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The two small bites sampled were palpable hits… Topping my list is the Garganelli Pasta (an egg-based pasta formed by rolling a flat square noodle into a tubular shape; similar in appearance to penne). This is an immensely satisfying presentation spruced up with slightly spicy morsels of Italian sausage, chickpeas, arugula, and oven-dried tomatoes… with a subtle sprinkling of ground red pepper flakes furnishing a tantalizing after burn. Coming in a close second is the not-too-be-missed Pork Riblets (pictured). Lusciously fatty and slathered with an out-of-this-world jerk sauce, these little beauties are downright addictive.

Conversely, large plates were major disappointments. The current list of possibilities includes Roasted Chicken Thighs, Grilled Wagyu Beef Flatiron, Lacquered Pork Belly, and three fish presentations: Organic Salmon, Skate Wing Roulade, and Day-Boat Halibut. Since matters piscatorial predominate, one would naturally assume that fish is something chef de cuisine Craig Polignano does well. Unfortunately, this does not seem to be the case.

Mistral KOP - Skatewing RouladeThe Skate Wine Roulade, for example, was not a true roulade, which refers to an item rolled into a tube, but simply one section of wing placed on top of another – and both were dry and overcooked. On the other hand the accoutrements – seabed of grilled spinach, beech mushrooms, and brown butter sauce – were perfectly prepared and immensely flavorful. As my dining companion somewhat sarcastically noted: “Everything about the skate wing was wonderful… except the skate wing.”

Mistral KOP - HalibutThe Day-Boat Halibut could well be the object of that famous well-told culinary joke: Waiter: “How did you find your steak, sir?”… Diner: “Quite by accident. I just moved a pea and some parsley and there it was.” The halibut arrives at table, nowhere to be seen. You must go searching… It is buried beneath a pile of greens… When these are moved aside, there is yet a smattering of red peppers to deal with. At last! But, when it is finally discovered, and ingested, like the aforementioned skate wing, it is dry and basically tasteless. Not even an excellent clam vinaigrette and phalanx of marvelously tender fingerling potatoes can resuscitate its original pristine properties.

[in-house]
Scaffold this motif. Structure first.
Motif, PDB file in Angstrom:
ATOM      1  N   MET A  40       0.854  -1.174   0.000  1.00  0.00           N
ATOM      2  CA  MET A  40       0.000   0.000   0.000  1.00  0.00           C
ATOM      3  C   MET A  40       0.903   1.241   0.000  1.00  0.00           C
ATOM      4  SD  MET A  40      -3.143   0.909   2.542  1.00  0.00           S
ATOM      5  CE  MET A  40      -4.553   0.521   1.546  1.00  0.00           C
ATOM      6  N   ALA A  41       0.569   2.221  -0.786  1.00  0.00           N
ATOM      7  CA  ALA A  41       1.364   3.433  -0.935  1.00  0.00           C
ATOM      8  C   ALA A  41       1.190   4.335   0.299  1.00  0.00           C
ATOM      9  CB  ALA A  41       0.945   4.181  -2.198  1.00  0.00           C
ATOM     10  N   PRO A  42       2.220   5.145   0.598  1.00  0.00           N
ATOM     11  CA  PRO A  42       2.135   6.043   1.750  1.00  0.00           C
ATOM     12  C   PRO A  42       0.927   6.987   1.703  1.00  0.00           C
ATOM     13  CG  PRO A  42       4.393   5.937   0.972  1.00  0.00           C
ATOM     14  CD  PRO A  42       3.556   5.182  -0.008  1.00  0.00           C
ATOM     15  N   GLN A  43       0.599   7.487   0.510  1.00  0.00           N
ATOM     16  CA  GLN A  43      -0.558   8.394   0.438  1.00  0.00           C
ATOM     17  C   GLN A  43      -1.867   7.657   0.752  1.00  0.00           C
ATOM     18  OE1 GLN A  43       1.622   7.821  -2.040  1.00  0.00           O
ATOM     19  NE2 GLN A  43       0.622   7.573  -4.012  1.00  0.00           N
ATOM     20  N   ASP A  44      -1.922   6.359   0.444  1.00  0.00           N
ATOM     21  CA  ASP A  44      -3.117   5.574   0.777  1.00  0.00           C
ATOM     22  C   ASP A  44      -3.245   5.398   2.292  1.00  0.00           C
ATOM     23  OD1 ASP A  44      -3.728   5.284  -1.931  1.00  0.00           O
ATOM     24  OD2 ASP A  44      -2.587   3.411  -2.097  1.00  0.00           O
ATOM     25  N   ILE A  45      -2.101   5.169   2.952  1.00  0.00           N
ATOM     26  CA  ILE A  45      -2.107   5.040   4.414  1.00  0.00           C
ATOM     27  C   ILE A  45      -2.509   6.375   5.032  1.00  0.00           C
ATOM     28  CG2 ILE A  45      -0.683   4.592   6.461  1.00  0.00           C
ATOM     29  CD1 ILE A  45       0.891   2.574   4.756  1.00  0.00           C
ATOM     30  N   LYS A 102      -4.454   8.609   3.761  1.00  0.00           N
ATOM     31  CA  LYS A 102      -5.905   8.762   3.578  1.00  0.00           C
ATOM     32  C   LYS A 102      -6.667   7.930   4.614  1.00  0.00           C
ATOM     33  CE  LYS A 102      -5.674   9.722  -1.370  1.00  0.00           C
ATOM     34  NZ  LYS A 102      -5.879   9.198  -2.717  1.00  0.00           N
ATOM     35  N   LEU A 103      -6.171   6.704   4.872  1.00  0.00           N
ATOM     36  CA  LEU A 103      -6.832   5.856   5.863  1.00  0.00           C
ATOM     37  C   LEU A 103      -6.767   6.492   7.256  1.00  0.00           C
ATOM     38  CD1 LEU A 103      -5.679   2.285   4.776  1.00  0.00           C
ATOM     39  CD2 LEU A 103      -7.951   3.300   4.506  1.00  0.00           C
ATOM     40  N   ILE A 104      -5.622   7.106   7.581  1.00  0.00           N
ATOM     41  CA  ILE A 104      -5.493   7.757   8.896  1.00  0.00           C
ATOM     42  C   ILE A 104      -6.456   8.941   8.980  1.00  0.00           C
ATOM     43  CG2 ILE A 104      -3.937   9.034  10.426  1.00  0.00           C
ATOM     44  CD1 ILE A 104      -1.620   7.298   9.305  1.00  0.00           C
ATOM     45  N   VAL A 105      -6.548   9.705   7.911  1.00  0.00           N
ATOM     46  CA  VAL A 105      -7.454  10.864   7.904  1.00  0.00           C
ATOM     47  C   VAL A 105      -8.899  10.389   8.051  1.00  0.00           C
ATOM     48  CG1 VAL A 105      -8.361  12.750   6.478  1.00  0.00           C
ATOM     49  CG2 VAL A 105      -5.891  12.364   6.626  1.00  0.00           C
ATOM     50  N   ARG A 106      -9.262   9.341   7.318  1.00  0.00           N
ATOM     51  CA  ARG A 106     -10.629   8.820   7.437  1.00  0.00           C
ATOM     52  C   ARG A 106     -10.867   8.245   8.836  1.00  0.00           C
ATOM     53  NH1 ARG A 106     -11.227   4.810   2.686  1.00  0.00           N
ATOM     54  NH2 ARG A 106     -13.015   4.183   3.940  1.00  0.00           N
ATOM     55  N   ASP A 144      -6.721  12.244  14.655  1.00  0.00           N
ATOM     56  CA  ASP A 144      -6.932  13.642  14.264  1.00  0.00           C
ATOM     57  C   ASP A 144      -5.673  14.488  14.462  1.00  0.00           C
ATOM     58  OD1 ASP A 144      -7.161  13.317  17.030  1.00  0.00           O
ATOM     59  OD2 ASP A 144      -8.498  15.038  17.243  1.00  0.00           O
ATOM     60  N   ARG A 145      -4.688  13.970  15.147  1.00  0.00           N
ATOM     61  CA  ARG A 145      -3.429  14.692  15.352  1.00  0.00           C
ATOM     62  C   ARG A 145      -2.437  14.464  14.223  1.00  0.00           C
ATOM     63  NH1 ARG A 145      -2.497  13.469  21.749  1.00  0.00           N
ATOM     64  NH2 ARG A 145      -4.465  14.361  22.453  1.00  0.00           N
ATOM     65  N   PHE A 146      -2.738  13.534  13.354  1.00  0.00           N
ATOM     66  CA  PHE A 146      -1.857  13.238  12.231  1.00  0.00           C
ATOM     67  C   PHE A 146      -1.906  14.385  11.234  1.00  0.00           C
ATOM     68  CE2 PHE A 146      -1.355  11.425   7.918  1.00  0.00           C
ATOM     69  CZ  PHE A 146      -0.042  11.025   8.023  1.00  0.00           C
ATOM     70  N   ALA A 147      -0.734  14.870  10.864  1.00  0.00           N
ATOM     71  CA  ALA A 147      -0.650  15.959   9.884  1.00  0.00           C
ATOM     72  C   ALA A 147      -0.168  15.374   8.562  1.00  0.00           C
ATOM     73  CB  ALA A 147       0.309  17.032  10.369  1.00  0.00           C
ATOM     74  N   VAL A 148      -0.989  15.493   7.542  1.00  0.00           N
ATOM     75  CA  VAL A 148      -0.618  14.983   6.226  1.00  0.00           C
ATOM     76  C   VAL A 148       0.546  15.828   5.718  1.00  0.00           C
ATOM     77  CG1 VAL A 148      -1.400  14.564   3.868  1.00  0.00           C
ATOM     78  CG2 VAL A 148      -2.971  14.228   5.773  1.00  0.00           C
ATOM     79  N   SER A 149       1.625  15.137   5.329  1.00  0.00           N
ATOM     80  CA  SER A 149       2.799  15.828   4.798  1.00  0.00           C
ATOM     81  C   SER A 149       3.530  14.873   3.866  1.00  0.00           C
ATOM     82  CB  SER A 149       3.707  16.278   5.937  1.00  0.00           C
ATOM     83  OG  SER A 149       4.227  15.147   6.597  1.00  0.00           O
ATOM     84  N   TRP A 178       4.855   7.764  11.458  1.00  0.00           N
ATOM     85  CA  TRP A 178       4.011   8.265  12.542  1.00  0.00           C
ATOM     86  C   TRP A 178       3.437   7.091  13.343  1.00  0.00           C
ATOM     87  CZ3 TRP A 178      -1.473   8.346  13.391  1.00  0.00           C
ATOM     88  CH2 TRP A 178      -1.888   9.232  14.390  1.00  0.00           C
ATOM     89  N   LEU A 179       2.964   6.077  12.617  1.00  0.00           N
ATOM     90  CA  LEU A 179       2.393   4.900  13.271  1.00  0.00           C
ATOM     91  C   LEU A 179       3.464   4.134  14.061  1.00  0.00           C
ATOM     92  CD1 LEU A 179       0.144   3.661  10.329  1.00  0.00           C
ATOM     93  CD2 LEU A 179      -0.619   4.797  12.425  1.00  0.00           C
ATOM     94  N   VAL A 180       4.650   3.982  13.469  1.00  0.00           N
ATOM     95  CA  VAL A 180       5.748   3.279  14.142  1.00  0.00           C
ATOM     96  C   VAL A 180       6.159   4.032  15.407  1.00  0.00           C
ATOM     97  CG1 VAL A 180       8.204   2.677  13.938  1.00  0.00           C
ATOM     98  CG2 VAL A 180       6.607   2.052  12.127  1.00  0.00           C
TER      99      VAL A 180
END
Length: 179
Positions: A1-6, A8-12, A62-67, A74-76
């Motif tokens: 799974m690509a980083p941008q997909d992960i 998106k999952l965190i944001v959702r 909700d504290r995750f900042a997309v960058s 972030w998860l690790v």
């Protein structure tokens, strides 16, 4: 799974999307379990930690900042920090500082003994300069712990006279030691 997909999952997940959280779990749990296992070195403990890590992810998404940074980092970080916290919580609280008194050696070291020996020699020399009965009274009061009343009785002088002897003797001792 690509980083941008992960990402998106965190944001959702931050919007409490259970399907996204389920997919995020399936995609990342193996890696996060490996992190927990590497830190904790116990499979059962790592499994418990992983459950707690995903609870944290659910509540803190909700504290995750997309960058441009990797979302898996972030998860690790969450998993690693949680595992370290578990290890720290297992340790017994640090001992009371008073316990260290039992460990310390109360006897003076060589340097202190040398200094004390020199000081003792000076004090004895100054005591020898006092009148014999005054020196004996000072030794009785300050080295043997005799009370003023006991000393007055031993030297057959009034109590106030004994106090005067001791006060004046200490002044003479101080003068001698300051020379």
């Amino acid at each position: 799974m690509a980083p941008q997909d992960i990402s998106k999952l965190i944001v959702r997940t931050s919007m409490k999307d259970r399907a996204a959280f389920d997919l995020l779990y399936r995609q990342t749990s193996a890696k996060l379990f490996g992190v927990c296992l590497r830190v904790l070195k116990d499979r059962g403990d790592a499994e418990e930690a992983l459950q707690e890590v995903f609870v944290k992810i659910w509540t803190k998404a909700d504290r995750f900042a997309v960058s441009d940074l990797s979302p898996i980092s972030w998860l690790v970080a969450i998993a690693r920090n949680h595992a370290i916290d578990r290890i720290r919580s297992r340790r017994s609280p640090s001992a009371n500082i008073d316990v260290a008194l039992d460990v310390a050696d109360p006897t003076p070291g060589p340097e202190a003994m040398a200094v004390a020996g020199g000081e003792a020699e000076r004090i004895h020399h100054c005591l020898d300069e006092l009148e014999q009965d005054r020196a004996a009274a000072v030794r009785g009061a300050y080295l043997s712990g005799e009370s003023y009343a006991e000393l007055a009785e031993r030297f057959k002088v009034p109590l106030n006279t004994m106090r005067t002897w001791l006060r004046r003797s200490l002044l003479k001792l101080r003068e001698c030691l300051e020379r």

Mistral KOP - Duck SaladAnd as you move on to the salads & sandwiches department the hit-or-miss scenario continues. The Lamb Meatball Pita spruced up with luscious melted feta cheese and garnished with a mountain of greens is absolutely irresistible. The Thai Duck Salad (pictured), on the other hand, suffers from an inordinately chewy duck confit and weak peanut dressing. Interestingly enough, in his review of Mistral – posted June 5, 2017 – Craig LaBan specifically mentioned the “unpleasantly chewy” duck in the Thai salad. Since I must assume that the restaurant’s powers-that-be read the review (they would have been foolish not to), I find it difficult to believe that this “mild disappointment,” as Mr. LaBan referred to it, has still yet to be rectified.

Beverage-wise, Mistral has a great deal to offer. There’s an interesting list of specialty and classic cocktails, as well as some intriguing brews… like the Duclaw Brewing Company’s Sweet Baby Jesus Chocolate Peanut Butter Porter, for instance. And the wine list – both bottle and glass – manages to artfully sidestep all the usual oenological clichés. There’s even a certified advanced sommelier, Steven Gullo, on the premises, ready to offer his sage advice with regard to wine and food pairings.

But even these libationary pluses can’t make up for the kitchen’s inconsistencies. According to my calculations, Mistral’s cuisine is batting about .500; which, should you happen to be major league baseball player, is an incredible average… for a restaurant, however, that’s hardly laudable. Based on my several visits, Mistral KOP still has quite a ways to go before it’s in the same class as its distinguished Ivy League sibling.

 Bon Appétit!